Yokohama Geolandar G055 Review

by | Tires

  • Dry 85% 85%
  • Wet 80% 80%
  • Snow 70% 70%
  • Comfort 90% 90%
  • Noise 85% 85%
  • Treadwear 85% 85%
  • Overall 84% 84%

In my humble opinion, the Yokohama Geolandar G055 is a brilliant choice for street-based crossover vehicles and SUVs. It’s a common fact that you don’t buy a Honda CR-V or Toyota RAV4 to go off-roading in the same way that you don’t wear running sneakers to the corporate office. Fitting all-terrain tires to an SUV that doesn’t go off-roading for most of the time is just a terrible waste of money.

In my humble opinion, the Yokohama Geolandar G055 is a brilliant choice for street-based crossover vehicles and SUVs. It’s a common fact that you don’t buy a Honda CR-V or Toyota RAV4 to go off-roading in the same way that you don’t wear running sneakers to the corporate office. Fitting all-terrain tires to an SUV that doesn’t go off-roading for most of the time is just a terrible waste of money.

However, the argument will be a bit different if you drive a pickup truck or dedicated off-road vehicle. If your SUV or truck is the type of vehicle equipped with lift and leveling kits and chunky wheels, you’ll need the Geolandar A/T G015 for that and NOT the Geolandar G055.

In this review of the Yokohama Geolandar G055, I was excited to find out if this all-season highway-terrain tire can deliver spirited handling and excellent traction despite the rugged genepool. It’s a known fact the Geolandar family of tires from Yokohama are known for their rugged performance and are designed for the adventurous car owner. Let’s see if the tires managed to inject some refinement into the mix, shall we?

Yokohama Geolandar G055 Review: Features

The Yokohama Geolandar G055 is manufactured using Yokohama’s proprietary Orange Oil and Silica Compound. For those who are not familiar with this technology, Orange Oil will improve the tire in terms of all-season grip, fuel economy, and treadlife. My only caveat about this technology is the price. The Geolandar G055 starts at $130 to $140 each, which is at the higher end of the price scale.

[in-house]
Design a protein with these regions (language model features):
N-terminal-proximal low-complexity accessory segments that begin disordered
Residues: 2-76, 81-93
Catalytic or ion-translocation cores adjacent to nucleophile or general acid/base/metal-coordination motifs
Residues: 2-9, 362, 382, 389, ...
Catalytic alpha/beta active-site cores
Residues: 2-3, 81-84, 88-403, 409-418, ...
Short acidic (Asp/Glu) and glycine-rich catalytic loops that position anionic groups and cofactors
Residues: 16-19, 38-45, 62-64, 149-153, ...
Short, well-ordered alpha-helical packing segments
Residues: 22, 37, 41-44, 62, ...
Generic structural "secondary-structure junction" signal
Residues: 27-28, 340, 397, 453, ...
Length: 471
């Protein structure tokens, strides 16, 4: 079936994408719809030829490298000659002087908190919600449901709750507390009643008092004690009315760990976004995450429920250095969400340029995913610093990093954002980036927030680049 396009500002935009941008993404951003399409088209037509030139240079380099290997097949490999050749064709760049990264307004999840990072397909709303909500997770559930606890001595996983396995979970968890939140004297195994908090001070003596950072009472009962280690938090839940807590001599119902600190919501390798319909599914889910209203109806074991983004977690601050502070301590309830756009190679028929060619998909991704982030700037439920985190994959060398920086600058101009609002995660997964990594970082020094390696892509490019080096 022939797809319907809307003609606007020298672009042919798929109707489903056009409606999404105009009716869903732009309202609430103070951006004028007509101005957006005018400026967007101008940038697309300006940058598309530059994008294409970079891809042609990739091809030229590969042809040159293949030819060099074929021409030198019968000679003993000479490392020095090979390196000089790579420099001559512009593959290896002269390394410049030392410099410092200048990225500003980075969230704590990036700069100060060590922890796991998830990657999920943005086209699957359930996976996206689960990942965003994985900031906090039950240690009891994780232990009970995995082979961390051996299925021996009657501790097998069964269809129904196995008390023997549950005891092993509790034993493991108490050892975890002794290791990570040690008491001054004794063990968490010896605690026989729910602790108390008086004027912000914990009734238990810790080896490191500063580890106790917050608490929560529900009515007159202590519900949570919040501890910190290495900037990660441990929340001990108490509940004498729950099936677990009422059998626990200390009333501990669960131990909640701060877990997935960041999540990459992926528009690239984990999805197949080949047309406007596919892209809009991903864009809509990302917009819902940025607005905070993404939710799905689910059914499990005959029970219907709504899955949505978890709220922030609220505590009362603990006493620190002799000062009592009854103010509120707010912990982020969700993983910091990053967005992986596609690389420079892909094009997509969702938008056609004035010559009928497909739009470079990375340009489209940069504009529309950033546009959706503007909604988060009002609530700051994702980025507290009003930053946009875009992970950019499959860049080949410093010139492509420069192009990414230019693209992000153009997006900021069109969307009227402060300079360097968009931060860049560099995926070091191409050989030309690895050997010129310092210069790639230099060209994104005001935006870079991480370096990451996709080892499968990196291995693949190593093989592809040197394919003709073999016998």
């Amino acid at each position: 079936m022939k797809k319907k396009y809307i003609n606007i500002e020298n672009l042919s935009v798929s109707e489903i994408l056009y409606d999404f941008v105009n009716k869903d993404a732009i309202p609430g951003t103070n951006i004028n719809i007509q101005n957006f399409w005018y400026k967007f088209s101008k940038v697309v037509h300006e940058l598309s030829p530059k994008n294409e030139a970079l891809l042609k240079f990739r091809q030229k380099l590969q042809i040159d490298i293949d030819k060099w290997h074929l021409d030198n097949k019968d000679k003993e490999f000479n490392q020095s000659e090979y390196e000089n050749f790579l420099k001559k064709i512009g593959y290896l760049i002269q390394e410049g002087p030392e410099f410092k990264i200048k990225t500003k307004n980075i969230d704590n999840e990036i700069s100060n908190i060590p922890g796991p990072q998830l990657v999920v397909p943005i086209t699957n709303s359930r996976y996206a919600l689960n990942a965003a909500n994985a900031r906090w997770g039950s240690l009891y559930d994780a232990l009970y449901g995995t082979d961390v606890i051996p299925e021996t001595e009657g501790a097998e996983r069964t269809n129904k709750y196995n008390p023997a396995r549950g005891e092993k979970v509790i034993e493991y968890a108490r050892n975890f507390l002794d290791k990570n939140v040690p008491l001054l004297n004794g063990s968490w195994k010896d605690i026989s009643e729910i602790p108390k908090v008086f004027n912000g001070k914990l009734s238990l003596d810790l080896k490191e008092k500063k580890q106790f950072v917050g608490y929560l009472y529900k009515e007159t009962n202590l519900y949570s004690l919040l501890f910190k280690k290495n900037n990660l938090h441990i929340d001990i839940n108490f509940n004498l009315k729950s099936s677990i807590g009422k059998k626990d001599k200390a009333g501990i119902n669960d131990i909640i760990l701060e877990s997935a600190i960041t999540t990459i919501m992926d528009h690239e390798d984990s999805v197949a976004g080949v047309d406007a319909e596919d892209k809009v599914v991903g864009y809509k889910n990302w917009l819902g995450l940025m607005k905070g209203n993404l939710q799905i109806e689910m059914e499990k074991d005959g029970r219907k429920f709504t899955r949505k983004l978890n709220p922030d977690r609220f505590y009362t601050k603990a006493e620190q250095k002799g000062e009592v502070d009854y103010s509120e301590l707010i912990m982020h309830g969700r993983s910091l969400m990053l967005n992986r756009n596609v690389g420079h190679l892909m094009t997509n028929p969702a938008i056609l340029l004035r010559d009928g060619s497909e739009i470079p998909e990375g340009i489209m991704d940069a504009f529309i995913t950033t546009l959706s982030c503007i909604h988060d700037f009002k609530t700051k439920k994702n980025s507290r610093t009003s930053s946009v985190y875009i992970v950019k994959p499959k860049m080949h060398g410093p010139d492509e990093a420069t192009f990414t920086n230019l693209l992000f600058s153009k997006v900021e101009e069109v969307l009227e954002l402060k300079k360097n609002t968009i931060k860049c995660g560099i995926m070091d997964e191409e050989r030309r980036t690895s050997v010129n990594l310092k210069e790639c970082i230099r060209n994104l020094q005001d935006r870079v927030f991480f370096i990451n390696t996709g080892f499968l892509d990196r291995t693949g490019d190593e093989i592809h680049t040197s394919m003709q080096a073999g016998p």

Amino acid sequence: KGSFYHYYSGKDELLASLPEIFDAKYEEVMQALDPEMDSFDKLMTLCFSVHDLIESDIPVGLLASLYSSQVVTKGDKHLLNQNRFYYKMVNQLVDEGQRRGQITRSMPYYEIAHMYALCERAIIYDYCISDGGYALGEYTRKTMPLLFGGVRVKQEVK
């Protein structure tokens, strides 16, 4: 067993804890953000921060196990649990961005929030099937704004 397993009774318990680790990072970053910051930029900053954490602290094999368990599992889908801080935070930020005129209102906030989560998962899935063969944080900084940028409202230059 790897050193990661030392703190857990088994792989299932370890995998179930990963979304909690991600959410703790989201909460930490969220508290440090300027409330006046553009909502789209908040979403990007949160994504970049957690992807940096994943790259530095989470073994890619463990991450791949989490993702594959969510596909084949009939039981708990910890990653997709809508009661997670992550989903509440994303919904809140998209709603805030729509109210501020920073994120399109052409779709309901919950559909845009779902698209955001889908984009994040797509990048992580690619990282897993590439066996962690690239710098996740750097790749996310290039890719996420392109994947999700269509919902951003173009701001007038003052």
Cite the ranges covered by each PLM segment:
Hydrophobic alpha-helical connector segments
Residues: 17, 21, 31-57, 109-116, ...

But the price is relative since the tire is engineered to deliver better performance than other highway terrain tires. The tire is equipped with four main circumferential zigzag grooves to enhance water evacuation and prevent hydroplaning on slippery wet roads. The treads have transition grooves and notch sipes to create biting edges on wet or snow-covered roads.

Excellent handing is assured courtesy of the full nylon cover that extends across the belts of the tire. This feature will improve high-speed stability and enhanced handling for a more spirited driving experience. The tire is also engineered to deliver a smoother and quieter ride courtesy of the integrated shoulders and the optimized tread profile.

Yokohama Geolandar G055 Review: Test Drive

My test vehicle for this Yokohama Geolandar G055 review is a 2010 Subaru Forester 2.5XT. Yes, it’s the one with the turbocharged 2.5-liter Flat-4 that churns out 224 horsepower via a 4-speed automatic and standard all-wheel drive. The Forester was equipped with standard 17-inch wheels and Yokohama Geolandar G055 tires that were acquired six months ago.